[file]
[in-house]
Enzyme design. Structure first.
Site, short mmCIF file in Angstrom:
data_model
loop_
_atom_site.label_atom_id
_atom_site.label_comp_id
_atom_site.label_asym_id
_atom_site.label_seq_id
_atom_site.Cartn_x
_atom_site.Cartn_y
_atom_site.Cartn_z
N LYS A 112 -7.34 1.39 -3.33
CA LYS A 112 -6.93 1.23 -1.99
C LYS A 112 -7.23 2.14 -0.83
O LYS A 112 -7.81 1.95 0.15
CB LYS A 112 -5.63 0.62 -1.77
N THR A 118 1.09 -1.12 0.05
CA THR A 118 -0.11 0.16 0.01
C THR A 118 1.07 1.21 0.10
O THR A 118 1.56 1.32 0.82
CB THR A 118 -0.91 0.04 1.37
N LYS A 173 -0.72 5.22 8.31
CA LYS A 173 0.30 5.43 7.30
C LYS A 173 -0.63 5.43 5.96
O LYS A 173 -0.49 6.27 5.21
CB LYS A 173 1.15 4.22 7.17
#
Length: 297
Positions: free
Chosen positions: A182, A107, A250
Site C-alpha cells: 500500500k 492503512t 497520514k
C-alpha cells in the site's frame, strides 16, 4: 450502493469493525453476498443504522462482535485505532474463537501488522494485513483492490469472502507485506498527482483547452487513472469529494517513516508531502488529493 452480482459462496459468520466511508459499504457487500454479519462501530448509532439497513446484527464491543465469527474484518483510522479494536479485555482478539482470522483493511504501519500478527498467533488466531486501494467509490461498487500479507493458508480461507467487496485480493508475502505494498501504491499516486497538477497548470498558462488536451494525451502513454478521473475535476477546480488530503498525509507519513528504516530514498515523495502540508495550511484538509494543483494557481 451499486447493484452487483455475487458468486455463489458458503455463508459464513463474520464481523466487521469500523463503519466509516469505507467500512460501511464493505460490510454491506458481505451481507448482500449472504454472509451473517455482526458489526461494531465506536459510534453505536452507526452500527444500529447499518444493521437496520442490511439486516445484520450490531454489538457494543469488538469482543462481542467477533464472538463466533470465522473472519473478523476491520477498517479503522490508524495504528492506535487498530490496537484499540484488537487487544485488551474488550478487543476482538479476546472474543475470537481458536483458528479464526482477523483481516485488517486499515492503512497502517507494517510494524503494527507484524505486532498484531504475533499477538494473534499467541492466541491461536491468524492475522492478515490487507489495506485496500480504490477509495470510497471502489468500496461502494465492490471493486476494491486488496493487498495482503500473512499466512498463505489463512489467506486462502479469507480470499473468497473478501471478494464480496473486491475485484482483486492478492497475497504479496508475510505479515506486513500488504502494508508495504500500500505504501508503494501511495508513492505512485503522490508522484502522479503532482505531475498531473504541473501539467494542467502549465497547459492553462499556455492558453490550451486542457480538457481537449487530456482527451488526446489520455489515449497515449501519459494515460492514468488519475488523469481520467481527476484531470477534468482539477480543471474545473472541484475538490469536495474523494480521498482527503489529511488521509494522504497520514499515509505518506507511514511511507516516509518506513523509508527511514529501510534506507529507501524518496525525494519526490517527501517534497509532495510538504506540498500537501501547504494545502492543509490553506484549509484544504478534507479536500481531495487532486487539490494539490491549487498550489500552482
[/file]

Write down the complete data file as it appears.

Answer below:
[in-house]
Enzyme design. Structure first.
Site, short mmCIF file in Angstrom:
data_model
loop_
_atom_site.label_atom_id
_atom_site.label_comp_id
_atom_site.label_asym_id
_atom_site.label_seq_id
_atom_site.Cartn_x
_atom_site.Cartn_y
_atom_site.Cartn_z
N LYS A 112 -7.34 1.39 -3.33
CA LYS A 112 -6.93 1.23 -1.99
C LYS A 112 -7.23 2.14 -0.83
O LYS A 112 -7.81 1.95 0.15
CB LYS A 112 -5.63 0.62 -1.77
N THR A 118 1.09 -1.12 0.05
CA THR A 118 -0.11 0.16 0.01
C THR A 118 1.07 1.21 0.10
O THR A 118 1.56 1.32 0.82
CB THR A 118 -0.91 0.04 1.37
N LYS A 173 -0.72 5.22 8.31
CA LYS A 173 0.30 5.43 7.30
C LYS A 173 -0.63 5.43 5.96
O LYS A 173 -0.49 6.27 5.21
CB LYS A 173 1.15 4.22 7.17
#
Length: 297
Positions: free
Chosen positions: A182, A107, A250
Site C-alpha cells: 500500500k 492503512t 497520514k
C-alpha cells in the site's frame, strides 16, 4: 450502493469493525453476498443504522462482535485505532474463537501488522494485513483492490469472502507485506498527482483547452487513472469529494517513516508531502488529493 452480482459462496459468520466511508459499504457487500454479519462501530448509532439497513446484527464491543465469527474484518483510522479494536479485555482478539482470522483493511504501519500478527498467533488466531486501494467509490461498487500479507493458508480461507467487496485480493508475502505494498501504491499516486497538477497548470498558462488536451494525451502513454478521473475535476477546480488530503498525509507519513528504516530514498515523495502540508495550511484538509494543483494557481 451499486447493484452487483455475487458468486455463489458458503455463508459464513463474520464481523466487521469500523463503519466509516469505507467500512460501511464493505460490510454491506458481505451481507448482500449472504454472509451473517455482526458489526461494531465506536459510534453505536452507526452500527444500529447499518444493521437496520442490511439486516445484520450490531454489538457494543469488538469482543462481542467477533464472538463466533470465522473472519473478523476491520477498517479503522490508524495504528492506535487498530490496537484499540484488537487487544485488551474488550478487543476482538479476546472474543475470537481458536483458528479464526482477523483481516485488517486499515492503512497502517507494517510494524503494527507484524505486532498484531504475533499477538494473534499467541492466541491461536491468524492475522492478515490487507489495506485496500480504490477509495470510497471502489468500496461502494465492490471493486476494491486488496493487498495482503500473512499466512498463505489463512489467506486462502479469507480470499473468497473478501471478494464480496473486491475485484482483486492478492497475497504479496508475510505479515506486513500488504502494508508495504500500500505504501508503494501511495508513492505512485503522490508522484502522479503532482505531475498531473504541473501539467494542467502549465497547459492553462499556455492558453490550451486542457480538457481537449487530456482527451488526446489520455489515449497515449501519459494515460492514468488519475488523469481520467481527476484531470477534468482539477480543471474545473472541484475538490469536495474523494480521498482527503489529511488521509494522504497520514499515509505518506507511514511511507516516509518506513523509508527511514529501510534506507529507501524518496525525494519526490517527501517534497509532495510538504506540498500537501501547504494545502492543509490553506484549509484544504478534507479536500481531495487532486487539490494539490491549487498550489500552482